Fair-minded citizens, however, will realize that although mistakes have been made, the job that has been done in converting peacetime America to a wartime basis has been a great job and a successful one, of which all our people have good reason to be proud.

It would be nothing short of a miracle if this unprecedented job of transforming a peace-loving, unprepared industrial America into a fighting and production machine had been accomplished without some mistakes being made and some people being given cause for complaint.

The Congress is well aware of the magnitude of the undertaking, and of the many gigantic problems involved. For the Congress has been actively involved in helping to work out the solutions to these unprecedented problems.

A few facts will show how vast an enterprise this war has been – and how we are constantly increasing the tempo of our production.

The total amount spent on the war from May 1940 to date is $128,123,000,000. The bill is now running at the rate of $250,000,000 per day.

Up to September 1, 1943, among the more important items produced and delivered since the armament program started in May 1940, are the following:

Airplanes 123,000
Airplane engines 349,000
Tanks 53,000
Artillery weapons 93,000
Small arms (rifles, carbines, machine guns, etc.) 9,500,000
Small arms ammunition 25,942,000,000 rounds
Trucks 1,233,000

In most instances, more than half of the above total delivered to date was produced during the first eight months of 1943:

Airplanes 52,000
Tanks 23,000
Artillery weapons 40,600
Small arms (rifles, carbines, machine guns, etc.) 4,638,000
Small arms ammunition 13,339,000,000 rounds

The number of fighting ships and auxiliaries of all kinds completed since May 1940 is 2,380 and 13,000 landing vessels.

In the two and a half years between January 1, 1941, and July 1, 1943, the power plants built for installation in Navy vessels had a horsepower equal to all the horsepower of all hydroelectric plants in the United States in January 1941.

The completions of Navy ships during the last six months were equal to completions in the entire year of 1942.

We have cut down the time required to build submarines by almost 50%.

The anti-aircraft and double-purpose guns produced by the Navy since the defense program started in May 1940, if fired all together, would throw 4,600 tons of projectiles per minute against the enemy.

The output of underwater ordnance (torpedoes, mines, and depth charges) during the first half of 1943 was equal to the total production of 1942.

During the month of August 1943, we produced almost as many torpedoes as during all of World War I.

Anyone who has had to build a single factory, tool it up, get the necessary help, set up an assembly line, produce and ship the product will have some idea of what that amount of production has meant.

We have had to raise and equip armed forces approaching 10 million men. Simultaneously, in spite of this drain on our manpower, we have had to find millions more men and millions of women to operate our war factories, arsenals, shipyards, essential civilian industries and the farms and mines of America.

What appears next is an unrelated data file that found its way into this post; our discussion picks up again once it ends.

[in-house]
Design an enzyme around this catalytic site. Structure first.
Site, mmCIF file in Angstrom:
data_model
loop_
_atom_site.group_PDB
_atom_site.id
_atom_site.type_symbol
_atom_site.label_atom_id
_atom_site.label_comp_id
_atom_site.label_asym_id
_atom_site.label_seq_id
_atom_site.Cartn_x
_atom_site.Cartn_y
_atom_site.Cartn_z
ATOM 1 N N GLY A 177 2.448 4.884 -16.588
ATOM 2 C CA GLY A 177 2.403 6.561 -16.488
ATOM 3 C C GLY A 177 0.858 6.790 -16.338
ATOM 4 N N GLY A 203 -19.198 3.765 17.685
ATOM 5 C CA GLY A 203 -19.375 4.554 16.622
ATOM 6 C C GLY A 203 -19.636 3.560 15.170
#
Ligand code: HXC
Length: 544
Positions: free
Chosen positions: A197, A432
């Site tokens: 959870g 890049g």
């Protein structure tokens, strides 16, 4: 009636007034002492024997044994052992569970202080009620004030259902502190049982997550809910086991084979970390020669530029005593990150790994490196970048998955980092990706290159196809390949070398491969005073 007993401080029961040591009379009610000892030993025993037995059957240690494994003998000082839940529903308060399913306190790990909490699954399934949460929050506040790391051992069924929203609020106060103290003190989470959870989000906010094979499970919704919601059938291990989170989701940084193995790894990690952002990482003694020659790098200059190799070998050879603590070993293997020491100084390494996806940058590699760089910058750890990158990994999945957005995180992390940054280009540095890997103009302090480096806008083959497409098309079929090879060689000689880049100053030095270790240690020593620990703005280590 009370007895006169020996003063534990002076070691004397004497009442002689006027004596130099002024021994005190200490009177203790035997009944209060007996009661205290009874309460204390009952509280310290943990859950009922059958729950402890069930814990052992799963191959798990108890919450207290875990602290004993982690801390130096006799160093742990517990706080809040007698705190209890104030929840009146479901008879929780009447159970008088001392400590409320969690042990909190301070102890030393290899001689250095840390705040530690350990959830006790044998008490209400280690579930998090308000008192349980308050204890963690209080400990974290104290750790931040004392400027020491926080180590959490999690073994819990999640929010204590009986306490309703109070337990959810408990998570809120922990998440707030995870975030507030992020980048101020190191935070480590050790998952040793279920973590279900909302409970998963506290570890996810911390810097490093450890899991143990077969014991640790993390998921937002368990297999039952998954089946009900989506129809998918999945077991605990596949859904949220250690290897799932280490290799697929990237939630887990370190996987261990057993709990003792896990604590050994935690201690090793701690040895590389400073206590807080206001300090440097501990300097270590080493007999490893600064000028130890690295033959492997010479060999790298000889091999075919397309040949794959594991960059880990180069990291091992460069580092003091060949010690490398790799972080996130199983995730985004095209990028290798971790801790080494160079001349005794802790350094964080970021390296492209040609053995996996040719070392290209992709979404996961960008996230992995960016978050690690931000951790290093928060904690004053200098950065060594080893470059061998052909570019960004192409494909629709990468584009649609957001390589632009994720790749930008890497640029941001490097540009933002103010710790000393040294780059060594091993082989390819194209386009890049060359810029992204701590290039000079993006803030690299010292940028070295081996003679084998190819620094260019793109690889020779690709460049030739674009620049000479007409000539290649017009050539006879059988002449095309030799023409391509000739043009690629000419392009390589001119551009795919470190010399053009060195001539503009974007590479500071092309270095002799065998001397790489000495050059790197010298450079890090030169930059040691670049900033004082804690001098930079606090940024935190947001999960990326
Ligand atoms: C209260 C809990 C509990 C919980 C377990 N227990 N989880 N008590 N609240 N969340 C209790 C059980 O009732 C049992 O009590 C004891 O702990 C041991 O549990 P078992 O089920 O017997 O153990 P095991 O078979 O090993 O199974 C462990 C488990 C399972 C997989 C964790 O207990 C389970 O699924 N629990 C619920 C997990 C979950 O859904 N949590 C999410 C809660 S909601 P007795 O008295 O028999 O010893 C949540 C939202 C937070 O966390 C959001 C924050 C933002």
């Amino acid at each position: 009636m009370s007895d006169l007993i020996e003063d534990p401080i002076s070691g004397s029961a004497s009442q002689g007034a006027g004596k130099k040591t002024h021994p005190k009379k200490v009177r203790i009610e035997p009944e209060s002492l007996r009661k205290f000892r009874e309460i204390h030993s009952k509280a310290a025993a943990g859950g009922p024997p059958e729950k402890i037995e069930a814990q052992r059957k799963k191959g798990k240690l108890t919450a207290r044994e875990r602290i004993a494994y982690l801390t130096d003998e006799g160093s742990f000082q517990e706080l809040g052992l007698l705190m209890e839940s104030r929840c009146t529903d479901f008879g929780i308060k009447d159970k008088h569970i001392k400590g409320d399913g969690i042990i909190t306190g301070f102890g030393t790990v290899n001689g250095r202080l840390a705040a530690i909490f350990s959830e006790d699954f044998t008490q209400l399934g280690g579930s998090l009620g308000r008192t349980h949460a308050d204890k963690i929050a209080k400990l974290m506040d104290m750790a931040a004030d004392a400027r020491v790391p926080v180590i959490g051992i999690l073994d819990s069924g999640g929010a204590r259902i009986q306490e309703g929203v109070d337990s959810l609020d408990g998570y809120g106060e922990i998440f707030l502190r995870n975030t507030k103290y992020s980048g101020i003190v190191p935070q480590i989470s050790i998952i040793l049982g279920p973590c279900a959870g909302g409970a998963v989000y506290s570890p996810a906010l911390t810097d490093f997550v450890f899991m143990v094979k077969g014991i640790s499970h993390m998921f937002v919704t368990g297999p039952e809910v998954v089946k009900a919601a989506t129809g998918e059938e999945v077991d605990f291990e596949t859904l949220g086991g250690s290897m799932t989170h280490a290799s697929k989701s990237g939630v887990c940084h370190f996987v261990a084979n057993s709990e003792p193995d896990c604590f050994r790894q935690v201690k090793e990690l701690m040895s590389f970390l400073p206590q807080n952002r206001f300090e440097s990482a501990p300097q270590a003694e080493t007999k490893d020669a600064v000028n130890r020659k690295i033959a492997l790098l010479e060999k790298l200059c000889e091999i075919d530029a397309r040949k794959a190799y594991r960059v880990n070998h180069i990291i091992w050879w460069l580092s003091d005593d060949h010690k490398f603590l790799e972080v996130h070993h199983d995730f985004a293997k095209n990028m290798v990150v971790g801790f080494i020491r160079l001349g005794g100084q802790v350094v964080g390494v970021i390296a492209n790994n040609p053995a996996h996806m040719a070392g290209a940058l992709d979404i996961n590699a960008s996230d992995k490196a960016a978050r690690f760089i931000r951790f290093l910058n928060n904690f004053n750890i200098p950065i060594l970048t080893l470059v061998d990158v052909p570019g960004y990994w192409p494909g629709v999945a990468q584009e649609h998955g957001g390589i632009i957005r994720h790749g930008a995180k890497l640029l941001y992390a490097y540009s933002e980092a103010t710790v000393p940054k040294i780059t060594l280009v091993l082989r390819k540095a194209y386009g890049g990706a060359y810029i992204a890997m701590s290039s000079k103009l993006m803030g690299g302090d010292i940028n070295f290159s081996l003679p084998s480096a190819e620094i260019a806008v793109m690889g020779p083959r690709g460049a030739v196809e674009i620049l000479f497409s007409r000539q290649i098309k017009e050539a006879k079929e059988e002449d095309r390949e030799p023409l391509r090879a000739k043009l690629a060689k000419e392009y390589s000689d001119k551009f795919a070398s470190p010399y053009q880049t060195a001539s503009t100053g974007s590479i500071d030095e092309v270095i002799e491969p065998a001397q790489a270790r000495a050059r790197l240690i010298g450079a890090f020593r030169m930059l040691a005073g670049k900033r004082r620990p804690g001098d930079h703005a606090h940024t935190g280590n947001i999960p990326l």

There have been the problems of increasing greatly the output of our natural resources – not only for our own Army and Navy and for our civilians at home, but also for our allies and our own forces all over the world.

Since the outbreak of war in Europe, we have increased our output of petroleum by 66%. We have stepped up our bituminous coal production by 40%; chemicals by 300%; iron ore by 125%; hydroelectric power by 79%; and steel by 106%.

There were the problems of raising and distributing more food than ever before in our history – for our armed services, for our own people, and to help feed our allies.

There was the formidable problem of establishing a rationing system of the necessities of life which would be fair to all of our people.

There was the difficulty of keeping prices from skyrocketing and fighting off the serious specter of inflation.

There was the problem of transporting millions of men and hundreds of millions of tons of weapons and supplies all over our own country and also to all corners of the world. This necessitated the largest railroad and shipping operations in all history.

There were the problems involved in our vast purchases in foreign countries; in our control of foreign funds, located in this country; in our custody of alien property; in our occupation of liberated areas. There were new problems of communications, of censorship, of war information.

There was the problem of maintaining proper management labor relations; of fair treatment and just compensation to our millions of war workers; of avoiding strikes; of preventing the exploitation of workers or natural resources by those who would seek to become war profiteers and war millionaires.

There were the problems of civilian defense, of Lend-Lease, of subcontracting war contracts to smaller businesses, of building up stockpiles of strategic material whose normal sources have been seized by the enemy – such as rubber and tin.

There was the problem of providing housing for millions of new war workers all over the country.